Netherlands, Japan reportedly preparing to impose restrictions on chip equipment exports to China after meeting with US president Joe Biden
The Netherlands and Japan are reportedly set to join the US’ effort to restrict the export of advanced semiconductor manufacturing equipment to China, amidst ongoing trade hostilities between the two countries.
The US in October announced its most restrictive measures to date on the issue, banning US manufacturers from supplying their most advanced chipmaking equipment and limiting US citizens from working for Chinese chip firms.
As a result US companies face losing access to the world’s biggest chip market, and also risk losing market share to foreign competitors if they are allowed relatively free rein with China sales.
Dutch and Japanese controls could now be announced as soon as the end of January, Bloomberg reported, citing unnamed sources.
The news service said Japan’s prime minister Fumio Kishida and Netherlands prime minister Mark Rutte had met with US president Joe Biden to discuss the matter in the White House earlier in January.
At the World Economic Forum in Davos, Switzerland, Rutte told Bloomberg he was “fairly confident” the deal would go through.
Akira Amari, the main architect of a Japanese plan to boost the country’s chip industry, told the news service sanctions were necessary but must be calibrated to avoid risking global economic stability.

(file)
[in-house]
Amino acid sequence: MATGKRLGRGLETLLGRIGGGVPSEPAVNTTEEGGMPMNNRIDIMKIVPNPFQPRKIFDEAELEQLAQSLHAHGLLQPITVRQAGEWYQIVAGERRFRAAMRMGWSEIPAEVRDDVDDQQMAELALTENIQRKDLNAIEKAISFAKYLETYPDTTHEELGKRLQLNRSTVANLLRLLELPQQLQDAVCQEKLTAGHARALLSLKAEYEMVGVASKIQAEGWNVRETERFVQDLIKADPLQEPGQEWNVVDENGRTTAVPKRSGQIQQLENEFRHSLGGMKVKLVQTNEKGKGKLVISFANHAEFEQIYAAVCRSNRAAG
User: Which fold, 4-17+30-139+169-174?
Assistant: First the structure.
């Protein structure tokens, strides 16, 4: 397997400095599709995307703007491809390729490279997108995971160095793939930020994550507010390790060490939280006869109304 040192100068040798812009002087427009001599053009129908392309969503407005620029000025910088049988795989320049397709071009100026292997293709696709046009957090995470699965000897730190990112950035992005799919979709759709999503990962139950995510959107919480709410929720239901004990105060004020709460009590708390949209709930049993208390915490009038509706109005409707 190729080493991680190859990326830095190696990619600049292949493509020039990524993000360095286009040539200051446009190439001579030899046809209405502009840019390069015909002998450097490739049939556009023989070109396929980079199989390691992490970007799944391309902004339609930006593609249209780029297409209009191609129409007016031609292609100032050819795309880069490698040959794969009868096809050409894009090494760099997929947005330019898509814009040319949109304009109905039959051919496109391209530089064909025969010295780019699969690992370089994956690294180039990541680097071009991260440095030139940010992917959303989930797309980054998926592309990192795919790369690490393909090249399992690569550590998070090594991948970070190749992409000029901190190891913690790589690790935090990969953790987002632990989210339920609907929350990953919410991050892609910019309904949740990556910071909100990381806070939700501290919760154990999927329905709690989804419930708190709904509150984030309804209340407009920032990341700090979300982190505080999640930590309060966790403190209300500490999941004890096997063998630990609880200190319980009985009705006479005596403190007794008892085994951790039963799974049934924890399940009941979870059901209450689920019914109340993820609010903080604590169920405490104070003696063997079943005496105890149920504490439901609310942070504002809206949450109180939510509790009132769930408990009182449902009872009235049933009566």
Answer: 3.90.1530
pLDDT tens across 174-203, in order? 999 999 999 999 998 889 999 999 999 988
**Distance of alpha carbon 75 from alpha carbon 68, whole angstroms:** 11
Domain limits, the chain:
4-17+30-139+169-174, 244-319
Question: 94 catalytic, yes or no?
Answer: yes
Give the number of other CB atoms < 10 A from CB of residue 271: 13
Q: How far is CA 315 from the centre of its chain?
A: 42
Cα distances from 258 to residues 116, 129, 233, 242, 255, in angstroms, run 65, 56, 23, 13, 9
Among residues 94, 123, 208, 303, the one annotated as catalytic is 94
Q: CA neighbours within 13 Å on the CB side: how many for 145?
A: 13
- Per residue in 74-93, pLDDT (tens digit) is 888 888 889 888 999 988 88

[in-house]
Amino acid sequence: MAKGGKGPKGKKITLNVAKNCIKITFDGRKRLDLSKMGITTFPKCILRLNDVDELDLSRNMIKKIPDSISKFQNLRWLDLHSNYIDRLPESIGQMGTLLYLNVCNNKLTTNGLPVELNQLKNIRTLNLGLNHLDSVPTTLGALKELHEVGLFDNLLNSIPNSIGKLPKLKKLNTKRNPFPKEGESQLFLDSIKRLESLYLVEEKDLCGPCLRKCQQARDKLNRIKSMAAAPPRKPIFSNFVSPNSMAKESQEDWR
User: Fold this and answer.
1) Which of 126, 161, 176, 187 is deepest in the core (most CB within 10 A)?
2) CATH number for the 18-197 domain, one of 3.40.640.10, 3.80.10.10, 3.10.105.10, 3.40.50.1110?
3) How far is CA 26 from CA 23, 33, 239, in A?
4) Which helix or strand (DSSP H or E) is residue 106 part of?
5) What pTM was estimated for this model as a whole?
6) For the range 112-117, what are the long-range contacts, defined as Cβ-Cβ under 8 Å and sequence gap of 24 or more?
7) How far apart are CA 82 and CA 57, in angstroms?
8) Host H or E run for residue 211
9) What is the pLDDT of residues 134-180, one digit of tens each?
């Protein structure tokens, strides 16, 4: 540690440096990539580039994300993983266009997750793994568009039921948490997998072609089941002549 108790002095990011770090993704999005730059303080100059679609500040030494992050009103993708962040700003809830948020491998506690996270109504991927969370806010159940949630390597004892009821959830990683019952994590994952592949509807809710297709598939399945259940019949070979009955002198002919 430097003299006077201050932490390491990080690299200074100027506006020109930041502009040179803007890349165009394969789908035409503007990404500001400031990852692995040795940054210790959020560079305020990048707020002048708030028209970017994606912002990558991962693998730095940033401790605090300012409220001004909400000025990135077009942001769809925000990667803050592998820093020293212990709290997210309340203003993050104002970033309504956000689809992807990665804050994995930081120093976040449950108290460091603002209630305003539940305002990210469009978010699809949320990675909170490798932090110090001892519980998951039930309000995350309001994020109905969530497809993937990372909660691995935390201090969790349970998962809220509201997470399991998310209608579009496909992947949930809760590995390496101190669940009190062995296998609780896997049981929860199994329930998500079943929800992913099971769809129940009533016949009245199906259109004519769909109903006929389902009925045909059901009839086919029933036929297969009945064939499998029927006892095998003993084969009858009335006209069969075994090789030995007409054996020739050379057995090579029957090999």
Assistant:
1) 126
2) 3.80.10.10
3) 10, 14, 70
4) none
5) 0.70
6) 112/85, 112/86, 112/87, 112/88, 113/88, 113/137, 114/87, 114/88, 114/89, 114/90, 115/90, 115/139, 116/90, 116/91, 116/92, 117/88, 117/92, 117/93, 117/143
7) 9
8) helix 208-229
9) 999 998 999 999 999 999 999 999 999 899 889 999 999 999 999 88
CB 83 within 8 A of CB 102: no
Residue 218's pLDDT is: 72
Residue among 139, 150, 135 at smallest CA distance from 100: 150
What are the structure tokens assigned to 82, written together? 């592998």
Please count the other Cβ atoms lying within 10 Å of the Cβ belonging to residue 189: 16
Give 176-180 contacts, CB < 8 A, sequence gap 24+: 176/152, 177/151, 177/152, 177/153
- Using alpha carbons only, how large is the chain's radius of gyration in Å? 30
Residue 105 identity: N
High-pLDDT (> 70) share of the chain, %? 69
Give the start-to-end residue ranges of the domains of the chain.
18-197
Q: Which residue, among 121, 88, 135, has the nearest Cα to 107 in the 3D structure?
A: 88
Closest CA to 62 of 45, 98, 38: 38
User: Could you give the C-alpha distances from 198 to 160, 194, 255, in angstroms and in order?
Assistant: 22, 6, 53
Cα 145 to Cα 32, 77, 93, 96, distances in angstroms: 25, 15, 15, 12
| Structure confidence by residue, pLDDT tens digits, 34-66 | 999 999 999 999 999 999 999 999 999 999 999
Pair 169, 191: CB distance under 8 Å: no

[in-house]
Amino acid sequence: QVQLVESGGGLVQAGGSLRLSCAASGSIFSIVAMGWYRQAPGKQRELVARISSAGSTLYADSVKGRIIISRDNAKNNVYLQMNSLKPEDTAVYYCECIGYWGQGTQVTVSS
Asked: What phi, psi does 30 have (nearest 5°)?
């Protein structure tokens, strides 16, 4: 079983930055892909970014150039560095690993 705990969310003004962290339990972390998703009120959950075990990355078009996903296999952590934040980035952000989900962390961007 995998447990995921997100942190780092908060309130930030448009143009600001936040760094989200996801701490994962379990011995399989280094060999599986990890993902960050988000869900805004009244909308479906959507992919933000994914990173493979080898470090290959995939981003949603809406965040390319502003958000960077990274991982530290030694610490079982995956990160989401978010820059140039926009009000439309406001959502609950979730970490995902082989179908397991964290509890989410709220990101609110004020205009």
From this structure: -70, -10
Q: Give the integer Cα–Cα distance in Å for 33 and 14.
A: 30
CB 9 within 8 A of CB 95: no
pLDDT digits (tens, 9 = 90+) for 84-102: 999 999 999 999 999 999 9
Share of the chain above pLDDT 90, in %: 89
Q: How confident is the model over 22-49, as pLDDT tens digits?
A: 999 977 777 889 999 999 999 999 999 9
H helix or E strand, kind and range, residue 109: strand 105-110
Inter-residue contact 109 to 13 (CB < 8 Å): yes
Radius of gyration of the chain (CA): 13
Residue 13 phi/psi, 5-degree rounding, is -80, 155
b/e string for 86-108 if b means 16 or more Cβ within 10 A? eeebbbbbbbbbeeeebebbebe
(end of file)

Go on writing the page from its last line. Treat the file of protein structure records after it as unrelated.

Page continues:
“Countries like China, Russia and North Korea are vying for global hegemony, and we should never help them achieve that,” Amari said.
While the fresh sanctions are unlikely to go as far as those announced by the US in October, they are likely to increase the pressure on Chinese chip manufacturers, who may lose access to advanced equipment from the likes of the Netherlands’ ASML or Japan’s Tokyo Electron.
The measures are unpopular with chip equipment makers and other Western tech companies they affect, such as graphics chip maker Nvidia, which have seen significant business losses as a result.
ASML has said it believes demand elsewhere in the world can make up for any shortfall from China, but chief executive Peter Wennink also said in December the company has “given up enough” with previously existing restrictions on China exports.